Have you ever packed your bags on a whim to visit a city you’ve either never been to before or one you went to many years ago? Our girl Rachel McAlley did just that recently, she returned to Bristol a city she hadn’t visited since 1998.
I was really looking forward to my 2023 return to Bristol, because this time I was going to be a tourist. This trip meant that I had the chance to stroll at my own pace, visit places I’d wanted to see all those years ago, and enjoy a few of Bristol’s famous attractions.
The team from Visit Bristol and Visit West made sure that I had plenty to do, including a morning walk to Clifton Suspension Bridge, a visit to Clifton Observatory, and some shopping around the independent shops within Clifton Village.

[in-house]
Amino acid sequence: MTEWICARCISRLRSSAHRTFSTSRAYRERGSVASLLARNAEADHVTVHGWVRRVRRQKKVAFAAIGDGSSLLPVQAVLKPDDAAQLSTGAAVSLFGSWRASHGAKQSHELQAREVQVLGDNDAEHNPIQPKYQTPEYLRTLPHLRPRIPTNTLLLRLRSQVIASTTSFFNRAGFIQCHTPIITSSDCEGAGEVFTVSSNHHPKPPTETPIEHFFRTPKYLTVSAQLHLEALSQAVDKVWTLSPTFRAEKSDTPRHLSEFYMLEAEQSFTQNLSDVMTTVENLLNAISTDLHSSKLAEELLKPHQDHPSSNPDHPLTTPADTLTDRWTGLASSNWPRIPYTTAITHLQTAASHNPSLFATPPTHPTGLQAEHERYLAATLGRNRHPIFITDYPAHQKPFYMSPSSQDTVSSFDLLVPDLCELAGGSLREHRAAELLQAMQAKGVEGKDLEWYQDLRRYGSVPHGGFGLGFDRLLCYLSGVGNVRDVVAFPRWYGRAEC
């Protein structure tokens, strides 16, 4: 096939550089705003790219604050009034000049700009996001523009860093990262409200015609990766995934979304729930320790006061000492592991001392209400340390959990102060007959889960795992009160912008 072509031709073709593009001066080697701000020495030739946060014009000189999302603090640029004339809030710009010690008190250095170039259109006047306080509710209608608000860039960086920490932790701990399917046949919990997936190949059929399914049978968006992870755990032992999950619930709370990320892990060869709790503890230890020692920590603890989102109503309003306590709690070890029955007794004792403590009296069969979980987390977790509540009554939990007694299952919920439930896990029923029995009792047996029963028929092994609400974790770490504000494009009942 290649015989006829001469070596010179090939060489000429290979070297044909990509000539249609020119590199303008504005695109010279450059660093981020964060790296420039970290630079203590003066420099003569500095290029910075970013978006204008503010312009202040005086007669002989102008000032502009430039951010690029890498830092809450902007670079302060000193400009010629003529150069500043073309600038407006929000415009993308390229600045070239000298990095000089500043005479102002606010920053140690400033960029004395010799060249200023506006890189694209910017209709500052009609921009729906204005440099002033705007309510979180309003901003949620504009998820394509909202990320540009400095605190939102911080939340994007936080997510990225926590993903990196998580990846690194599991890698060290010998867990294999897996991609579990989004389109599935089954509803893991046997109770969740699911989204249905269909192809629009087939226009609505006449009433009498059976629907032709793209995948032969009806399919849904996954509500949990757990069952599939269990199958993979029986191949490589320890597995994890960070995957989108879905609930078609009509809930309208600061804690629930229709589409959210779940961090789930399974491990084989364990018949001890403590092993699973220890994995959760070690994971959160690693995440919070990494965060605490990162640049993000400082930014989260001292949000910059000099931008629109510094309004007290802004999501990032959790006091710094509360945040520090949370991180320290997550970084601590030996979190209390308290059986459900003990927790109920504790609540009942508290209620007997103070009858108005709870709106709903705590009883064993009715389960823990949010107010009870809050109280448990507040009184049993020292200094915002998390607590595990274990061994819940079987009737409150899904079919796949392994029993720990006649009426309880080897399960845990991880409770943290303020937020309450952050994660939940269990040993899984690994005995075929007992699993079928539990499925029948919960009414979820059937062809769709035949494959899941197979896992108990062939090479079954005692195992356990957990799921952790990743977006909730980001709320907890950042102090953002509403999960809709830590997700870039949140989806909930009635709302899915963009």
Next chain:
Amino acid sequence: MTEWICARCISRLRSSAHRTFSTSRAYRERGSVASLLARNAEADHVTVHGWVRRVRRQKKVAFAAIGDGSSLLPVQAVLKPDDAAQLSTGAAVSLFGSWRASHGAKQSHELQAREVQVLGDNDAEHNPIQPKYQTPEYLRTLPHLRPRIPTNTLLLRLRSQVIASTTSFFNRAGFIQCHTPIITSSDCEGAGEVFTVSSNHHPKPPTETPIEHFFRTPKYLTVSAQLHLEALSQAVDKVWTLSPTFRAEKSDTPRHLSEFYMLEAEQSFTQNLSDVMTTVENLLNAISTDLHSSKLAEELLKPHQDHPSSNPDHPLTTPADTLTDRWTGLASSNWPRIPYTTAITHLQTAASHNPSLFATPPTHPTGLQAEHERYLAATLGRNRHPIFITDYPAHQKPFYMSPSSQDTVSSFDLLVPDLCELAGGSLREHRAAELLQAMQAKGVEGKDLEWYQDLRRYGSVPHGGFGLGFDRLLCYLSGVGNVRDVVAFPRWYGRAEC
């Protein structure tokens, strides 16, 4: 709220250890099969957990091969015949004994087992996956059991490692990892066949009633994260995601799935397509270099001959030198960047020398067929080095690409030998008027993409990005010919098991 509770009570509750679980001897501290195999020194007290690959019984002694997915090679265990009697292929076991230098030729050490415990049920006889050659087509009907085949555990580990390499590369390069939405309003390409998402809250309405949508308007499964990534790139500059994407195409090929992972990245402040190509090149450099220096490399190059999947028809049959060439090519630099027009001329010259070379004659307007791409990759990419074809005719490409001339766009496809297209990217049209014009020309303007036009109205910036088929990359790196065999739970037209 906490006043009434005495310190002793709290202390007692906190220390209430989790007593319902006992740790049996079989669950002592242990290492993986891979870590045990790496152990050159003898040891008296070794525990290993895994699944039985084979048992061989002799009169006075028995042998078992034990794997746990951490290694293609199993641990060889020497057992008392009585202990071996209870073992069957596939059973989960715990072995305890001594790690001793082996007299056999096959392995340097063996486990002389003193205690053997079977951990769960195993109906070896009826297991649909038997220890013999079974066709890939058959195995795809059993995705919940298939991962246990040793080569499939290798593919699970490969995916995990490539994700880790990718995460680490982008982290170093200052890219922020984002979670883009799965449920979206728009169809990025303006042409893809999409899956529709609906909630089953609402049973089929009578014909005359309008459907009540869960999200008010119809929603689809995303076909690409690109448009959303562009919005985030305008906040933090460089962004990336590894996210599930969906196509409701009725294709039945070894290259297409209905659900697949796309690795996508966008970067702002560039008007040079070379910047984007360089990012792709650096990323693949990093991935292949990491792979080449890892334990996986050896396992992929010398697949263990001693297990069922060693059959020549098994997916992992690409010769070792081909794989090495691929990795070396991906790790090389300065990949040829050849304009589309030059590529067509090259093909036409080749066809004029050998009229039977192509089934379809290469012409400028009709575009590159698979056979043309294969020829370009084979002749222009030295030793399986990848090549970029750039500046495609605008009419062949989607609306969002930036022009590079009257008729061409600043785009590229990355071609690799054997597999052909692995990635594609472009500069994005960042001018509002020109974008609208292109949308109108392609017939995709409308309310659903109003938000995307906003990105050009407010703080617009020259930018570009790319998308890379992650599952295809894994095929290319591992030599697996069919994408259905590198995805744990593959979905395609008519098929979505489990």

I stayed at Hotel Du Vin Bristol Avon Gorge, a stunning boutique hotel located on Sion Hill, overlooking both the River Avon and the famous Clifton Suspension Bridge. The hotel itself sits on the hillside and is surrounded by beautiful Georgian and Victorian architecture. Hotel Du Vin Bristol Avon Gorge is the ideal location for visiting Clifton Village, the most coveted area within Bristol.
My room at Hotel Du Vin was a Deluxe Gorge Vista Room with super king-sized bed, monsoon shower, flatscreen TV, Nespresso machine, and free WiFi. The view out of all the bedroom windows was of the gorge itself and the valley below. The deluxe vista room starts at around £150 per night depending on date and availability.
It was exceptionally spacious, very comfortable, and even offered underfloor heating in the bathroom. This nice little touch didn’t go unnoticed after I’d been walking all day and it eased my sore feet!
Whilst at the hotel I dined at the in-house French restaurant, Goram & Vincent, which boasts the most outstanding views of Clifton Suspension Bridge.